Friday (10/16) we played at The Green Line Café in Philadelphia and despite the teeny space, we ROCKED it. That was most definitely a biffit: 20,000 pounds of awesome crammed into a 5 pound bag… and by “5 pound bag” I mean an 80-square foot slab of floor that required the trombones to stand on the windowsill so they could play over the heads of the trumpets, and 9 tunes crammed into a 40 minute set. And by “20,000 pounds of awesome” I mean that our show contained booty-shakin’, hootin’ and hollerin’, audience-member smoochin’, and a big-time bangover the next morning. Or: to paraphrase Durkin: “On a 40-degree rainy night, we had the place rockin’ so hard that the venue had to turn on the air conditioning.” Oh hells yes!

On Saturday (10/17) we were invited to play at Galerie St. George, which is an old, huge, beautiful home on Staten Island that’s been turned into an art gallery. Despite the lipstick on this (absolutely gorgeous) pig, this show was still at its essence a house concert. You might be thinking, “How on earth can a 17-piece band play a house concert?” The answer is: With awesomeness, baby.

This event was another biffit: We stuffed 17 people, 15 music stands, a PA, a keyboard, and two mic stands into a 120-square foot center room of this house. Only the band could fit in this room, but the the audience sat in the surrounding spaces and they had a great time, goshdarnit. So did we! It was probably the most unusual setup we’ve ever had, and it was cool figuring out ways to engage the audience. I got to resurrect the signs by parading them around the house, which was good fun. I’ve missed those signs, and I plan on using them for most of our other gigs on the tour. Keep your eyes peeled!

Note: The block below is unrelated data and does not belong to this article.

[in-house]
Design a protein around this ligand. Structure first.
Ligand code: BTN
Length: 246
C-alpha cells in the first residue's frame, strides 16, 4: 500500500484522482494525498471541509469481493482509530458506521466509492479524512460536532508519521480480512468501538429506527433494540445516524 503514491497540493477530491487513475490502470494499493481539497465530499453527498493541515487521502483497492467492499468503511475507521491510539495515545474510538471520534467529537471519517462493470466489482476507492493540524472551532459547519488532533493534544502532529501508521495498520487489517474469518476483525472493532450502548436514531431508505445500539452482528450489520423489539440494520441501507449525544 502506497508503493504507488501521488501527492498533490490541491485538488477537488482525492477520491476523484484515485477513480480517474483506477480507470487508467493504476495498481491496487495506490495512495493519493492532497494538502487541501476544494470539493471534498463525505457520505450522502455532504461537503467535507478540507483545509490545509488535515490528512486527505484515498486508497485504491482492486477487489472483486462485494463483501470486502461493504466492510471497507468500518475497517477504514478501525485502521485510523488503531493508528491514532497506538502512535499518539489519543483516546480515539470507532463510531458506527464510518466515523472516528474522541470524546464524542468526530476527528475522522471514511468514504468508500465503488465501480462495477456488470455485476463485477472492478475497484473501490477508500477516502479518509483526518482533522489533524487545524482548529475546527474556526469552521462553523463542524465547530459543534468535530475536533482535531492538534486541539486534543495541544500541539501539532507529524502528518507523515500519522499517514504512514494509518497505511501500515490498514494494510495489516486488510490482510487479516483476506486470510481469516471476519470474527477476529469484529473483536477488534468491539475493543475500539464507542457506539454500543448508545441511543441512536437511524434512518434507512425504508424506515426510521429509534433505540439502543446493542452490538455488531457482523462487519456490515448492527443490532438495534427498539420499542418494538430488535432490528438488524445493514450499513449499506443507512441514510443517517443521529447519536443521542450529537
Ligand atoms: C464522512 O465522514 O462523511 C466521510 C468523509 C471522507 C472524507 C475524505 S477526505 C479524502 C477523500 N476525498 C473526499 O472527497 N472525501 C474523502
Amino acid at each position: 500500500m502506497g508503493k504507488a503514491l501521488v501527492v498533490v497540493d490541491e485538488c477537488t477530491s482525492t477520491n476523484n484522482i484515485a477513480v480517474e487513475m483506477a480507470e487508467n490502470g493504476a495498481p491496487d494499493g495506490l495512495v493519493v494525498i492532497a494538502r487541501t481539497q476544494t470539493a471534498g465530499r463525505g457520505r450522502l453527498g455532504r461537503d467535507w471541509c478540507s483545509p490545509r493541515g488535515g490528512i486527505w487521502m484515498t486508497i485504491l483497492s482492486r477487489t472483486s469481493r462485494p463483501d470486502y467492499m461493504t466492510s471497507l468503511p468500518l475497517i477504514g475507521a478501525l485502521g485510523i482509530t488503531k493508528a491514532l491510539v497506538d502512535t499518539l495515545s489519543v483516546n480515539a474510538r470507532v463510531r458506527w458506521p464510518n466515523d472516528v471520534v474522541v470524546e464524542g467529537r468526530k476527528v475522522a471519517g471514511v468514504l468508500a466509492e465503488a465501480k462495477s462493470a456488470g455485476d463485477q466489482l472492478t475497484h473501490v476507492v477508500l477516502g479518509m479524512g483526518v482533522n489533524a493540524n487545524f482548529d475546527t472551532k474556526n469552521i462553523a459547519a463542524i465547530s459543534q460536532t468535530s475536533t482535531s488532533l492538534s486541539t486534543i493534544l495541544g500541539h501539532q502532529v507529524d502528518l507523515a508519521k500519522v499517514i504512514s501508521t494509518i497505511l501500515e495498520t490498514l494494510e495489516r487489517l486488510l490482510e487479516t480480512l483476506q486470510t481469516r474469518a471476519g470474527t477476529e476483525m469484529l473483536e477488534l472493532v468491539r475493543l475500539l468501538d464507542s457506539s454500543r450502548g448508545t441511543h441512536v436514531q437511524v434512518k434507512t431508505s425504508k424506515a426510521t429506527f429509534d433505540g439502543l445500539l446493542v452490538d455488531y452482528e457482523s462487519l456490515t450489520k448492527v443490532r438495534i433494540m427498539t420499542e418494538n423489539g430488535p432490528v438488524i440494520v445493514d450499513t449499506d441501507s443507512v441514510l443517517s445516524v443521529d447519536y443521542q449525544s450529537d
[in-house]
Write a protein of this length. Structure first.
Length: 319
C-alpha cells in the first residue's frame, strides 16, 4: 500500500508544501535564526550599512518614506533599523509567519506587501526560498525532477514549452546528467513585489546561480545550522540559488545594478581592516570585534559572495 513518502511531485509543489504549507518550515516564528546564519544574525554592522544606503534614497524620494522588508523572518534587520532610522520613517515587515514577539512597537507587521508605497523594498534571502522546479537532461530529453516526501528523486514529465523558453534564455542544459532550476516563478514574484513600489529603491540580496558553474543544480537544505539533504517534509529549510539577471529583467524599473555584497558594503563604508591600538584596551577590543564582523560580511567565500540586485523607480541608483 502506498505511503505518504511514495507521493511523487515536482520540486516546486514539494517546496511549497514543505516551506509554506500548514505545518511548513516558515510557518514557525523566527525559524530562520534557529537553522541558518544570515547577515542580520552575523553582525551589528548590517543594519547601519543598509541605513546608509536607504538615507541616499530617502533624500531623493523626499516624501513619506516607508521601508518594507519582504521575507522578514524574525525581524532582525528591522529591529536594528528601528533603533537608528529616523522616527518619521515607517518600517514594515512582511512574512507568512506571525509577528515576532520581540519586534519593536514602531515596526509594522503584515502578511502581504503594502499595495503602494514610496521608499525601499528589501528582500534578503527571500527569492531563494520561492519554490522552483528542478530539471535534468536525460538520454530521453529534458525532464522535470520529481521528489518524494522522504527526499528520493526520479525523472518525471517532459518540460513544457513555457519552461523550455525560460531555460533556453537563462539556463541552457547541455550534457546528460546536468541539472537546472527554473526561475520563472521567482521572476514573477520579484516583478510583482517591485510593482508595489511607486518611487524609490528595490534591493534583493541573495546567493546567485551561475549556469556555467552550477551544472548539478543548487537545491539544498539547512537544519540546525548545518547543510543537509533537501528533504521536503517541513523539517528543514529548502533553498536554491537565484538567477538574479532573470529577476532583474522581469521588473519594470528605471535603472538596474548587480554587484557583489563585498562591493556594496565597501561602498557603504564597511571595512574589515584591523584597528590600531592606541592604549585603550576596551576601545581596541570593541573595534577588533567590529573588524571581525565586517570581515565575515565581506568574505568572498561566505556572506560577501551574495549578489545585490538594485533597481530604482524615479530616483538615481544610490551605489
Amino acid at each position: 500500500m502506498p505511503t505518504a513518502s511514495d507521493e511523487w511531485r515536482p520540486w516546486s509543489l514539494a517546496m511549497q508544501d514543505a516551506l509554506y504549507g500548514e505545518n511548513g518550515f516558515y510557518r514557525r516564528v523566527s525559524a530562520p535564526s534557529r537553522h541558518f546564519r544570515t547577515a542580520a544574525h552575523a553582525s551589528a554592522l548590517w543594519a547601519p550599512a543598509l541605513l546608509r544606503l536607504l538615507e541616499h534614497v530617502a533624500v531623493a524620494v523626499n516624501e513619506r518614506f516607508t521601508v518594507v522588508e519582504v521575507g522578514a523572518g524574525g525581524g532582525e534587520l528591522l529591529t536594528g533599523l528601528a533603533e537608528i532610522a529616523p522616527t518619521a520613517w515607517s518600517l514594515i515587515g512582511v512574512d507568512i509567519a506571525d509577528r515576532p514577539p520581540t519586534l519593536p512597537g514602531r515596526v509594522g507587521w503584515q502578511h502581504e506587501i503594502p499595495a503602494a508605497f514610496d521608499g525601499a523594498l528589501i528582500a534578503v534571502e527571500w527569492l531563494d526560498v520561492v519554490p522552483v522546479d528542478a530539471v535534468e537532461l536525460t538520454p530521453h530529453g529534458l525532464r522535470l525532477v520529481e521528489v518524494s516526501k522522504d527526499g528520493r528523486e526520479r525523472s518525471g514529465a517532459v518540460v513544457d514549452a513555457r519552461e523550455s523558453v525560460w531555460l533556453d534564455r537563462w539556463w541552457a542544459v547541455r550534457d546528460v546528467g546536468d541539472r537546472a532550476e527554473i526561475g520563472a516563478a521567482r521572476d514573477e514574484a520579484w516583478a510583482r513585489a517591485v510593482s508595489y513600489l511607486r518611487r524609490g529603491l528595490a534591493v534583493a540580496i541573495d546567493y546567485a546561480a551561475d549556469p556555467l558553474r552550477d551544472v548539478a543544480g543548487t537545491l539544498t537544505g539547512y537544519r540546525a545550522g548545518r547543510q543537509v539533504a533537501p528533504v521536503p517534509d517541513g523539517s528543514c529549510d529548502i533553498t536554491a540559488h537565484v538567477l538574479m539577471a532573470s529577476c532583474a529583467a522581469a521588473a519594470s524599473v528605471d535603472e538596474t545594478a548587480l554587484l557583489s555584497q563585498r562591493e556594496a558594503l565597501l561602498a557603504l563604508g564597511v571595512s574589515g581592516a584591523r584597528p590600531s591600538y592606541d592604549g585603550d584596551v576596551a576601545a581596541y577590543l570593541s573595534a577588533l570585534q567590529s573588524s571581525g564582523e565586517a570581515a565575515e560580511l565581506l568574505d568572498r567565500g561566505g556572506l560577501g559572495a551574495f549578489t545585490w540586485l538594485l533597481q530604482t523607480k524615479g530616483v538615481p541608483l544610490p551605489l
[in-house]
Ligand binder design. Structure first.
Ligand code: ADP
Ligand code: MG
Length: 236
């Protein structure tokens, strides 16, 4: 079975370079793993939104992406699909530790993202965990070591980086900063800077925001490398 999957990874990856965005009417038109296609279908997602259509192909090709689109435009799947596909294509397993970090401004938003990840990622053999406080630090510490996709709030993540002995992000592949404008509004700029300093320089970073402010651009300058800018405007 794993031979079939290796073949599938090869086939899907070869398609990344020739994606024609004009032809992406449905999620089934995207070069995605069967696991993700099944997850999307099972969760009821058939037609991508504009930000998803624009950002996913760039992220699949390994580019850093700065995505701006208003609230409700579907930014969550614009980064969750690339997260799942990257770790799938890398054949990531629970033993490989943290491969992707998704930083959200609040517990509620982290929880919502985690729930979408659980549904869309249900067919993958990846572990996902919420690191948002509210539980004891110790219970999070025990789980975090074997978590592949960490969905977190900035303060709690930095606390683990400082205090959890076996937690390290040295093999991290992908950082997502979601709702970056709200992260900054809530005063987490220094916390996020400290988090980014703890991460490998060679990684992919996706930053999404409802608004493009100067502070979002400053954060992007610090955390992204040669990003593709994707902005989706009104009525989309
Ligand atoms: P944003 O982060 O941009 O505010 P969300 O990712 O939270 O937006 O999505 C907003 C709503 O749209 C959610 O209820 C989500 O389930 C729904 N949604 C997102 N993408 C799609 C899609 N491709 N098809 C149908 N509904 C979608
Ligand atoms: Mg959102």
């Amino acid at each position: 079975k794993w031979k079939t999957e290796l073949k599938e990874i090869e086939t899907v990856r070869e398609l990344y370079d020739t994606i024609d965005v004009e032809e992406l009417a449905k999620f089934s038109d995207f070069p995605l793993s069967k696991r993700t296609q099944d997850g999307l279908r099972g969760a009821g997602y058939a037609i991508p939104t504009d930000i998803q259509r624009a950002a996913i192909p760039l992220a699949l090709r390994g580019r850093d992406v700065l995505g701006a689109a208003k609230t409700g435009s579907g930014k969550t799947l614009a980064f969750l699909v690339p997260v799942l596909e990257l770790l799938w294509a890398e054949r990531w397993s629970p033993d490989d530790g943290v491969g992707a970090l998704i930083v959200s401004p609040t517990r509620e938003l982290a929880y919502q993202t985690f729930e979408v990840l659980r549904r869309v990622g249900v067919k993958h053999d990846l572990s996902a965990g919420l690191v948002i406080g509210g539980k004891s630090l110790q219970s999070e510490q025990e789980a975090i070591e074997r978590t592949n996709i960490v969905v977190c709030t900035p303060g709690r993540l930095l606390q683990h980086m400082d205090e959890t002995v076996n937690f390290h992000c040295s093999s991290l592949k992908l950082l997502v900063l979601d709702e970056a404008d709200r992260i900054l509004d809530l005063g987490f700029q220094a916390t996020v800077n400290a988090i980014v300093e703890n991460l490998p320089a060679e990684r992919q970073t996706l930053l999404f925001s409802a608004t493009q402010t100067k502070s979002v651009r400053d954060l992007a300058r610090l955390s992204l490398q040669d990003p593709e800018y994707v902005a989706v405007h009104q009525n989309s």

IJG at Galerie St. George

Anyhoo, tomorrow (well, technically today as it’s 12:16am EST, despite what the header might say) we’ll be on a big, beautiful stage in Brooklyn at The Bell House. I’m very excited to share a bill yet again with Darcy James Argue’s Secret Society, and to experience for the first time Travis Sullivan’s Bjorkestra. The show starts at 7:30, and IJG goes on around 9. Can’t wait to see you there!

But now: Sleep. Today was a full day of mystery-gigging and bacon-cookie-making, but I’ll tell you all about those at another time.

——-
1 Where x = dingleberries and y = bag.

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The Industrial Jazz Group’s east coast ROCKTOBER tour unofficially began yesterday, as a few west coast members made their way into the eastern time zone. Yesterday I rented the smallest of the three tour vehicles: an “arrest me red” 2009 Chevy Impala. This afternoon the rest of the band flies in, and we head straight to our rehearsal in Brooklyn, and then we’re off to Pittsfield, MA to play as part of that city’s Jazz Festival.

This tour is our most ambitious to date; I just loosely mapped it out via Google Maps and this is what I discovered: This tour, from city to city, is just shy of 2000 miles. Insane, isn’t it?

That's a lotta miles: 1938 of them

That's a lotta miles: 1938 of them